Monday, December 17, 2018 Text is available under the CC BY-SA 3.0 licence.

Mason Weems

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Feeling that the silver chord of life is loosing, and that his spirit is ready to quit her old companion the body, he extends himself on his bed — closes his eyes for the last time, with his own hands — folds his arms decently on his breast, then breathing out "Father of mercies! take me to thyself," — he fell asleep. Swift on angels' wings the brightening saint ascended; while voices more than human were heard (in Fancy's ear) warbling through the happy regions, and hymning the great procession towards the gates of heaven. His glorious coming was seen far off, and myriads of mighty angels hastened forth, with golden harps, to welcome the honored stranger.
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Description of Washington's death in Life of Washington (1800); this fanciful account bears no relation to the report of Washington's last words by his personal secretary Tobias Lear, who wrote in his journal (14 December 1799): About ten o'clk he made several attempts to speak to me before he could effect it, at length he said, — "I am just going. Have me decently buried; and do not let my body be put into the Vault in less than three days after I am dead." I bowed assent, for I could not speak. He then looked at me again and said, "Do you understand me? I replied "Yes." "Tis well" said he.

 
Mason Weems

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It came upon the midnight clear,
That glorious song of old,
From Angels bending near the earth
To touch their harps of gold;
"Peace on the earth, good will to man
From Heaven’s all gracious King."
The world in solemn stillness lay
To hear the angels sing.

 
Edmund Sears
 

That Jesus Christ was not God is evident from his own words, where, speaking of the day of judgment, he says, "Of that day and hour knoweth no man, no not the angels which are in Heaven, neither the Son, but the Father." This is giving up all pretention to divinity, acknowledging in the most explicit manner, that he did not know all things, but compares his understanding to that of man and angels; "of that day and hour knoweth no man, no not the angels which are in heaven, neither the Son." Thus he ranks himself with finite beings, and with them acknowledges, that he did not know the day and hour of judgment, and at the same time ascribes a superiority of knowledge to the father, for that he knew the day and hour of judgment.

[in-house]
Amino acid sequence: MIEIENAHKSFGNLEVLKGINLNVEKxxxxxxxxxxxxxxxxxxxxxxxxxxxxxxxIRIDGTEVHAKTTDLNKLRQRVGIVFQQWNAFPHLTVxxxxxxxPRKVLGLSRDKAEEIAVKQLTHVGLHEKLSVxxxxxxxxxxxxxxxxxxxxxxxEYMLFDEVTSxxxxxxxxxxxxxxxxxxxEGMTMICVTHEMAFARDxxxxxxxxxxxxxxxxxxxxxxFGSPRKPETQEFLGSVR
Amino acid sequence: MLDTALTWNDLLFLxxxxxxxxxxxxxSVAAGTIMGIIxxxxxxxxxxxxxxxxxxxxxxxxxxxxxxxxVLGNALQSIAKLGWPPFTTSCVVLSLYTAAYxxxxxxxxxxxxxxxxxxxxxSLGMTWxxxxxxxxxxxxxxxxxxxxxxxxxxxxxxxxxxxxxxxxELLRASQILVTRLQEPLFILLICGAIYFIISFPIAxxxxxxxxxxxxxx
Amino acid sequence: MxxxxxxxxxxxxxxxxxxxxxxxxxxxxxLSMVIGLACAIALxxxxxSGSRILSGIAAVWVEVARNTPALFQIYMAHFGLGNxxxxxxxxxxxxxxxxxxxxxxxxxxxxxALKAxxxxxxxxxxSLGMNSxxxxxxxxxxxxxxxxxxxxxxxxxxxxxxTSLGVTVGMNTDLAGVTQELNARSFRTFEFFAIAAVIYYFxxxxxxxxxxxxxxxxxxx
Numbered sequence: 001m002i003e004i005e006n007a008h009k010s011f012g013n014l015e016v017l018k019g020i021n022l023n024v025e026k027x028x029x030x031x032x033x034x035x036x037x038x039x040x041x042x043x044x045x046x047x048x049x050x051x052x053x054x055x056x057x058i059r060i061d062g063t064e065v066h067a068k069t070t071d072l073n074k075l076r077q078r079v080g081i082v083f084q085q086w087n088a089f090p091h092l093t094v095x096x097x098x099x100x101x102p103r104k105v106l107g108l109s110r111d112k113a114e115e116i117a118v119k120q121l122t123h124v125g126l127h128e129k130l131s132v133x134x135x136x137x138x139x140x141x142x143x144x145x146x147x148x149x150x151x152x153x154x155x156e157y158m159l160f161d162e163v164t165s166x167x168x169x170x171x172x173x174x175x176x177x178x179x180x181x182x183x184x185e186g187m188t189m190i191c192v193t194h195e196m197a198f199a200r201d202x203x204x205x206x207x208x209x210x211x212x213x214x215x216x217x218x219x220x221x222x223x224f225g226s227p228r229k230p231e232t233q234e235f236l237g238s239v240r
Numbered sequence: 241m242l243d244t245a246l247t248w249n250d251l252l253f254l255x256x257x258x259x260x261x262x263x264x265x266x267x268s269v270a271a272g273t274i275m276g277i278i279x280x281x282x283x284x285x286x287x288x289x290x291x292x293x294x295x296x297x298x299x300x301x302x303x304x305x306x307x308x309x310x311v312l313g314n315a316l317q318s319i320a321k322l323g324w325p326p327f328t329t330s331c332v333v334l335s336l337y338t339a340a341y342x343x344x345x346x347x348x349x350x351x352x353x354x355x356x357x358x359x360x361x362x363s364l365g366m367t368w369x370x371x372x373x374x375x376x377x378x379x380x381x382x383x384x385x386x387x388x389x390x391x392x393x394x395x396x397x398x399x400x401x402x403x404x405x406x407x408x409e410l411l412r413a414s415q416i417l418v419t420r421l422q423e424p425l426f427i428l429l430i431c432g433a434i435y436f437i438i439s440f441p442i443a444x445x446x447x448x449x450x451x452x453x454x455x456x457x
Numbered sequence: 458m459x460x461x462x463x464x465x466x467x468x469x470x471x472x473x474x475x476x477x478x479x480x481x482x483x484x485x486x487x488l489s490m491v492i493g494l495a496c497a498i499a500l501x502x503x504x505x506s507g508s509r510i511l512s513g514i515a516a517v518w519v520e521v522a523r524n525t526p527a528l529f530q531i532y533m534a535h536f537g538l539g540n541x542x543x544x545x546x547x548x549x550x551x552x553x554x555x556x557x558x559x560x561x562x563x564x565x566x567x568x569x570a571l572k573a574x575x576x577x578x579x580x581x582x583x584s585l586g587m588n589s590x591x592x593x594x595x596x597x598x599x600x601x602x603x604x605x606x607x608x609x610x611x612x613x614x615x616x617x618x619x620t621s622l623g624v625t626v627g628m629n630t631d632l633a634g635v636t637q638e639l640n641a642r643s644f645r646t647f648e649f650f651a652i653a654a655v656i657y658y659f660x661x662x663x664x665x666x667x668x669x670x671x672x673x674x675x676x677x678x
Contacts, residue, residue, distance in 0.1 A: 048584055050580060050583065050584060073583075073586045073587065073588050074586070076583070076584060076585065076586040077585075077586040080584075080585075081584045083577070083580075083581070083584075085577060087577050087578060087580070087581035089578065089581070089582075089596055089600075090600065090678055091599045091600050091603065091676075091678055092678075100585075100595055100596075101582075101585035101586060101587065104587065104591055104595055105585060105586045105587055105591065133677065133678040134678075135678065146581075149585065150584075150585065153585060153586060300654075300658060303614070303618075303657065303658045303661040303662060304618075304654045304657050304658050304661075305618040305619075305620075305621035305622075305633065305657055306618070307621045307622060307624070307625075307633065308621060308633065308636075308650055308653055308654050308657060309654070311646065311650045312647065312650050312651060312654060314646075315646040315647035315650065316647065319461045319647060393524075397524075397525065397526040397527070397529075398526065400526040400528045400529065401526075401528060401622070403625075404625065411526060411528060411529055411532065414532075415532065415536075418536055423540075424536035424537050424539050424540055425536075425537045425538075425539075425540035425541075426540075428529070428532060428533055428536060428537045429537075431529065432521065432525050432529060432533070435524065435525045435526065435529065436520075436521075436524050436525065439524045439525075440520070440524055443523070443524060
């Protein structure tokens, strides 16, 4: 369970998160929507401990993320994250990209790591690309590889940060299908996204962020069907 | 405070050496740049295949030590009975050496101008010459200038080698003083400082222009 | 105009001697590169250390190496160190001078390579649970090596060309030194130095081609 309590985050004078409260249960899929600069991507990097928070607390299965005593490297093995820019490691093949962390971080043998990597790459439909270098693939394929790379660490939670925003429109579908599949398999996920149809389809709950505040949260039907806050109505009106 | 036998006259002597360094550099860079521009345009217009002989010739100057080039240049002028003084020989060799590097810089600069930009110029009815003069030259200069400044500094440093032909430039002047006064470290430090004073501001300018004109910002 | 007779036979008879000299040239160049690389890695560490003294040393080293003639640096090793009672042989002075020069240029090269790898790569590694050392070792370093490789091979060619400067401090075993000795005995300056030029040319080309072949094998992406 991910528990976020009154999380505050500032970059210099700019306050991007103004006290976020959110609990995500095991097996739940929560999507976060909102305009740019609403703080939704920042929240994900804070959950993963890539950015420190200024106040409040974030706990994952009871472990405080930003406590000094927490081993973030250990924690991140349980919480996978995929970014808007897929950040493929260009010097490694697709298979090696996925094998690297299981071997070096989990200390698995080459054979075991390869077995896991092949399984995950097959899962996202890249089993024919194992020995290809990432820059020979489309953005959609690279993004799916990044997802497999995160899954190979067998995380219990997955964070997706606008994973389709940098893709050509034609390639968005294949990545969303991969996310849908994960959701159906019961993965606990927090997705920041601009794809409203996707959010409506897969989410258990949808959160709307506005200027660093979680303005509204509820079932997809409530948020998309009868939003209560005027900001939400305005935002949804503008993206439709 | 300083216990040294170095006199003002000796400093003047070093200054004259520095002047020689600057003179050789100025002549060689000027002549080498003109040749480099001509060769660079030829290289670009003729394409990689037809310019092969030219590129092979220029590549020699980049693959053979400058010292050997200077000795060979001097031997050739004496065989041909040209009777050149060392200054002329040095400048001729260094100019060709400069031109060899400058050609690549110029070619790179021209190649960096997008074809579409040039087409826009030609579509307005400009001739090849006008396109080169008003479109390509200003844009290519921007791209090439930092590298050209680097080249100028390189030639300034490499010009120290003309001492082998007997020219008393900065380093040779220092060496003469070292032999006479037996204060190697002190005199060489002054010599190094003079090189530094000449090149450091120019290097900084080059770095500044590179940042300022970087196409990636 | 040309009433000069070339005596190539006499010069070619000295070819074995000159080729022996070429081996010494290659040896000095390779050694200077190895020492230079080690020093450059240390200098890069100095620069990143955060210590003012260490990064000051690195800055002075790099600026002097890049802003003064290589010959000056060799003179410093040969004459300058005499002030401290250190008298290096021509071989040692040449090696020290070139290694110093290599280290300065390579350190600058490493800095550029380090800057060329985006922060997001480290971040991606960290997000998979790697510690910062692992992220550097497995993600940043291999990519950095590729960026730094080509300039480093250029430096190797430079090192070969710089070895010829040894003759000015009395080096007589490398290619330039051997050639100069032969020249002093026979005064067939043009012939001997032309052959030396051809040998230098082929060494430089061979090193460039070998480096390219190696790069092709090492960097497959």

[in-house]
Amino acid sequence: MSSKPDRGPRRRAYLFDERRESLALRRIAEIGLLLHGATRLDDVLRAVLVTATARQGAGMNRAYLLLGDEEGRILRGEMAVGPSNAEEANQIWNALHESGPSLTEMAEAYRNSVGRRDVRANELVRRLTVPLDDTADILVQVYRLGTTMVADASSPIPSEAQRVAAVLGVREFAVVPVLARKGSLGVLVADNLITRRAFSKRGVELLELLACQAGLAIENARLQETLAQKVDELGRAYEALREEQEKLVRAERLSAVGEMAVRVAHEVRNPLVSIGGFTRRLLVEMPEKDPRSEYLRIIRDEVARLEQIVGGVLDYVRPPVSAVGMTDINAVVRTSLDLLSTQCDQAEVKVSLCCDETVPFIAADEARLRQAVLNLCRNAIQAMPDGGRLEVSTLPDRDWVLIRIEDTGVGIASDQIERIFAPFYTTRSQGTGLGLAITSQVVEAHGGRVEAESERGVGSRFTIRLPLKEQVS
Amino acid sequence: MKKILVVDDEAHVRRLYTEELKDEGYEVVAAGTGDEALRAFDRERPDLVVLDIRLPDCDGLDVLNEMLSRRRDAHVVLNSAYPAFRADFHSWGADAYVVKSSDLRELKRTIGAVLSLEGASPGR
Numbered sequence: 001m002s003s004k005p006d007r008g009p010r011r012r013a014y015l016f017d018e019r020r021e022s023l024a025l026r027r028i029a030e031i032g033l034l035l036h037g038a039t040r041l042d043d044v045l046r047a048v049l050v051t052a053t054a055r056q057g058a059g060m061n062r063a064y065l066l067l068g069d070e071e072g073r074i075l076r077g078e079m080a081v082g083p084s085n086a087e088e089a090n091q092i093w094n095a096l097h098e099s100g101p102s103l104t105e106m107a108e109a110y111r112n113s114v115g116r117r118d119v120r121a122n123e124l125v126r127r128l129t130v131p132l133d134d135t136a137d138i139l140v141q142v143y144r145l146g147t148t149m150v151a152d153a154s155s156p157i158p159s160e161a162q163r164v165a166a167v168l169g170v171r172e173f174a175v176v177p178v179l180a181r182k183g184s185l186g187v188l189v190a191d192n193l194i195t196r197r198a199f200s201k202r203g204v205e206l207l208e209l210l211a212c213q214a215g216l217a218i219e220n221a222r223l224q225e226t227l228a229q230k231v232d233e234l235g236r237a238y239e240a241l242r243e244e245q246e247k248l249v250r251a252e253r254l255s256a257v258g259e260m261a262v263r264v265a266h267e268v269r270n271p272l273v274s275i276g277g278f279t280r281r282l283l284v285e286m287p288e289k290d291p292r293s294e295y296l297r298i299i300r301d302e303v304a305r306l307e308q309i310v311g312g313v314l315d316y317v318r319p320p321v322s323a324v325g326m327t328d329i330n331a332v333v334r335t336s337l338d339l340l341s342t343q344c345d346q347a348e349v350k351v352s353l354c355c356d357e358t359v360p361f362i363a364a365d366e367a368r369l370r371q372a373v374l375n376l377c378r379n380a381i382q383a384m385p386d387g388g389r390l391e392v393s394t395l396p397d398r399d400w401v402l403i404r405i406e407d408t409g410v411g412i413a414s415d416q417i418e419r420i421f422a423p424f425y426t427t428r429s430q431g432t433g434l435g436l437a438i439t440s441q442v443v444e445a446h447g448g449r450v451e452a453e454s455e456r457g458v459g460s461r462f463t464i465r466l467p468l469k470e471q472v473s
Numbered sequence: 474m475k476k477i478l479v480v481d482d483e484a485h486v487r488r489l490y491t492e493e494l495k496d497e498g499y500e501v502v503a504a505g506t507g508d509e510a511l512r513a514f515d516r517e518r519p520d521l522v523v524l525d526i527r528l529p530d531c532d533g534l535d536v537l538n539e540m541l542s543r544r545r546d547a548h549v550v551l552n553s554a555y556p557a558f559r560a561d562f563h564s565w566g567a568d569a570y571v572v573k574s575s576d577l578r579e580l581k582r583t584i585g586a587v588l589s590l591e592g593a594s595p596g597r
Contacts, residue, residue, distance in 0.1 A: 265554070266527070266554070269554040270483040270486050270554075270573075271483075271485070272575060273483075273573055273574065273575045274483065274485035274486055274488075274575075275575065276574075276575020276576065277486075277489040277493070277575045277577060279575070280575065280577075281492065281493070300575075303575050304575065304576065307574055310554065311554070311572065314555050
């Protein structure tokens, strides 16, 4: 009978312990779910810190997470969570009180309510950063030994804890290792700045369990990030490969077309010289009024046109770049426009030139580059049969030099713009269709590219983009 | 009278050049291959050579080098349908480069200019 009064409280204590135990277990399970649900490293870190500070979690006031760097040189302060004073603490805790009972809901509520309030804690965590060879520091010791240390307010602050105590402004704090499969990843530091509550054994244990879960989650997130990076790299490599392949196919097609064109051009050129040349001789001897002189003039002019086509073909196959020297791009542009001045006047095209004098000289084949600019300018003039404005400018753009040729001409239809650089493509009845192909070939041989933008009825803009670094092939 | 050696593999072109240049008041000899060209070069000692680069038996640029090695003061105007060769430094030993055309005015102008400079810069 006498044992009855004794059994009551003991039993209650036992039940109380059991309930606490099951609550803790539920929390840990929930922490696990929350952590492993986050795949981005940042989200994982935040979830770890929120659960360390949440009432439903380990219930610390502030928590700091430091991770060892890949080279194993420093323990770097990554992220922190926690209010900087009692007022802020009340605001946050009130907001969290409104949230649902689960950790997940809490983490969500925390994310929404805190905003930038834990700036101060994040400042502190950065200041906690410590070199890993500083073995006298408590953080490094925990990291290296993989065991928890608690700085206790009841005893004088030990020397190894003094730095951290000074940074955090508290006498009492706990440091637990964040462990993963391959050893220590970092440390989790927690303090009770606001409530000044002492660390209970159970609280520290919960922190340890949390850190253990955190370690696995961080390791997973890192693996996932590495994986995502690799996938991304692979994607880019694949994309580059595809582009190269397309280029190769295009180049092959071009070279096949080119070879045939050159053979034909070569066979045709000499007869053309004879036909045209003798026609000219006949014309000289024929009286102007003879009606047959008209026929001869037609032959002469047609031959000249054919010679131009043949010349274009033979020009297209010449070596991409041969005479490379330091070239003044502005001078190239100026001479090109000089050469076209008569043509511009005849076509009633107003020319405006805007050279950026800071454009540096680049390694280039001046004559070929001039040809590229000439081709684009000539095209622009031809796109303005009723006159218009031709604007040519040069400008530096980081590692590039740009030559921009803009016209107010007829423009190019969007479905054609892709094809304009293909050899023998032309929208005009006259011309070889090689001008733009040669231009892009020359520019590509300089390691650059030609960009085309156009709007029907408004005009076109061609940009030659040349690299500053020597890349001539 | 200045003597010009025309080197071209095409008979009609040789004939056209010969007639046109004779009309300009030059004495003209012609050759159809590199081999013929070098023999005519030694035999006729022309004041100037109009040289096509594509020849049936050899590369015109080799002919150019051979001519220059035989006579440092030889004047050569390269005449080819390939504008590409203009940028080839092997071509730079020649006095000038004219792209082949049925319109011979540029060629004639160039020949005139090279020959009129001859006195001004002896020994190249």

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Are angels my attendants? Then I should walk worthy of ray companionship. Am I so soon to go and dwell with angels? Then I should be pure. Are these feet so soon to tread the courts of heaven? Is this tongue so soon to unite with heavenly beings in praising God? Are these eyes so soon to look on the throne of eternal glory, and on the ascended Redeemer? Then these feet and eyes and lips should be pure and holy; and I should be dead to the world, and live for heaven.

 
Albert Barnes
 

Imagine for a moment that angels exist, that they are pure spirits of virtue and light, that they care about us and for us and are among us, unseen, in the airport security line, in the room where we watch TV, at the symposium of great minds. "Raise your hands if you think masturbation should be illegal!" "I'm Bob Dole for Viagra." "Put your feet in the foot marks, lady." We are embarrassing the angels. ... Lent began yesterday, and I mean to give up a great deal, as you would too if you were me. One of the things I mean to give up is the habit of thinking it and not saying it. A lady has some rights, and this happens to be one I can assert. "You are embarrassing the angels." This is what I intend to say for the next 40 days whenever I see someone who is hurting the culture, hurting human dignity, denying the stature of a human being.

 
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Night hung its blue over the garden. Satan fell asleep. He had a dream, and in that dream, soaring over the earth, he saw it covered with angelsin revolt, beautiful as gods whose eyes darted lightning. And from pole to pole one single cry, formed of a myriad cries, mounted towards him, filled with hope and love. And Satan said:
"Let us go forth! Let us seek the ancient adversary in his high abode." And he led the countless host of angels over the celestial plains. And Satan was cognizant of what took place in the heavenly citadel. When news of this second revolt came thither, the Father said to the Son:
"The irreconcilable foe is rising once again. Let us take heed to ourselves, and in this, our time of danger, look to our defences, lest we lose our high abode."
And the Son, consubstantial with the Father, replied:
"We shall triumph under the sign that gave Constantine the victory."

 
Anatole France
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